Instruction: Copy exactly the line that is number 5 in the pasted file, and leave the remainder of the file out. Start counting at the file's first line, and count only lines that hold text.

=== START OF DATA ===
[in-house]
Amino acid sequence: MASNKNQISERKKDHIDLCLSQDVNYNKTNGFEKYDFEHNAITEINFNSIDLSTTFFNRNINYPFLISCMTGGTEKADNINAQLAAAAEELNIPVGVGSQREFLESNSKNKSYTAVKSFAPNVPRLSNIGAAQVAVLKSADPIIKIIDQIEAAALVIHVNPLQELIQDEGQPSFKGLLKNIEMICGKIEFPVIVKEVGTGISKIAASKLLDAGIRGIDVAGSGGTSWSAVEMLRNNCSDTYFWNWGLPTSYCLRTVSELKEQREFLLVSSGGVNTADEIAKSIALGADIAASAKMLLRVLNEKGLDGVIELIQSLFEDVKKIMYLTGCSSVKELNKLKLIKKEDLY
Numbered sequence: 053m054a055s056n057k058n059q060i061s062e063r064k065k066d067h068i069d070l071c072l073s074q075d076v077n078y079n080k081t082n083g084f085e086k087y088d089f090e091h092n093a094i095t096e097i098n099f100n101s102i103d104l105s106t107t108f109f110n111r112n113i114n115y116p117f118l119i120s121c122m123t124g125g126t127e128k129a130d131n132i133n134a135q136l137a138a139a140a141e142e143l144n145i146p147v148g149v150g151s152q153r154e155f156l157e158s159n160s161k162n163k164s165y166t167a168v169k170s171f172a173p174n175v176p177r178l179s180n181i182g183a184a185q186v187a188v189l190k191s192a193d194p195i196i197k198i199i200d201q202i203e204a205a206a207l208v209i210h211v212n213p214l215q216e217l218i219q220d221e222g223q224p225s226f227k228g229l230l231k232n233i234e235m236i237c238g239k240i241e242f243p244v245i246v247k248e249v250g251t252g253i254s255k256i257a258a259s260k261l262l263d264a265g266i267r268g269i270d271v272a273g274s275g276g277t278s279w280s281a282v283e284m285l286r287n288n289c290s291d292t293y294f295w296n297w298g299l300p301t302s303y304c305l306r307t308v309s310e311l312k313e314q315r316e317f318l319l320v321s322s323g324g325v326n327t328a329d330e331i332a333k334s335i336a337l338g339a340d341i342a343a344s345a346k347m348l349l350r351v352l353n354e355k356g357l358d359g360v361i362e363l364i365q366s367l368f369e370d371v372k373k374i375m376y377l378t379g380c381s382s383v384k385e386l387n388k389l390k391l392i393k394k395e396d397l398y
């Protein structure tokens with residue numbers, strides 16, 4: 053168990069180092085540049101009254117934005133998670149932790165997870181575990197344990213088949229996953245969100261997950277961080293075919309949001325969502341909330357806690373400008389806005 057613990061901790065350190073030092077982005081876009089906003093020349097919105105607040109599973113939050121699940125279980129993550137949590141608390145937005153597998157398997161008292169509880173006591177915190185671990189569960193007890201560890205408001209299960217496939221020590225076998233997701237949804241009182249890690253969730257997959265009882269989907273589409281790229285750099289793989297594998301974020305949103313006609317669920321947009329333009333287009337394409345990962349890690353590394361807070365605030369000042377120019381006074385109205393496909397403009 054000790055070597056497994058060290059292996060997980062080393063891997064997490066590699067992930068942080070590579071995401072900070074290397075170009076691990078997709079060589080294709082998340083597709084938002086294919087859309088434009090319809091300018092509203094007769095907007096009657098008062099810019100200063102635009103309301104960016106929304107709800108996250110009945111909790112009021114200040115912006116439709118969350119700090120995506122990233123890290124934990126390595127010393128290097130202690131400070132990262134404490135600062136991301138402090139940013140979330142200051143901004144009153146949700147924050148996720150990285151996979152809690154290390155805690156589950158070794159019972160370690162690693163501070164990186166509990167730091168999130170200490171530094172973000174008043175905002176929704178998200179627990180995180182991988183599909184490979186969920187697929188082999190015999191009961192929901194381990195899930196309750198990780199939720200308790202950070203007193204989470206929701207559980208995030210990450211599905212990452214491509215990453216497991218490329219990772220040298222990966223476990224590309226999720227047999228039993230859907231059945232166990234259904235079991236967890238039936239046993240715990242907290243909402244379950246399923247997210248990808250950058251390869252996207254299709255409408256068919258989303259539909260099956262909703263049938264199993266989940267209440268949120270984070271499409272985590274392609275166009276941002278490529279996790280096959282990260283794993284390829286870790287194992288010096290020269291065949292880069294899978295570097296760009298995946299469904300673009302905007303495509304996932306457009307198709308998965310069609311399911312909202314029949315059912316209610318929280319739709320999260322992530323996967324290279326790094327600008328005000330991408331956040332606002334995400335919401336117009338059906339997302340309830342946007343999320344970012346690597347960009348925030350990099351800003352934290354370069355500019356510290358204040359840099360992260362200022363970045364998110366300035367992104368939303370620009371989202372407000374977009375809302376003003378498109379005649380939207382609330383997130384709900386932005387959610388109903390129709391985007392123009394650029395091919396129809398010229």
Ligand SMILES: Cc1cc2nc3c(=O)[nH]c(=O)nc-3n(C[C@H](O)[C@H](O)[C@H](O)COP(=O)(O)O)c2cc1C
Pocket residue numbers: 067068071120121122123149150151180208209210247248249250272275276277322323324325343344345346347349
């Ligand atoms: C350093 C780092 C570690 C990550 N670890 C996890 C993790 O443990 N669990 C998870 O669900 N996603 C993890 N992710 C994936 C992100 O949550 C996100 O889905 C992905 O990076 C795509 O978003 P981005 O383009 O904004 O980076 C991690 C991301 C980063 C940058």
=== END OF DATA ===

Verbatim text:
Ligand SMILES: Cc1cc2nc3c(=O)[nH]c(=O)nc-3n(C[C@H](O)[C@H](O)[C@H](O)COP(=O)(O)O)c2cc1C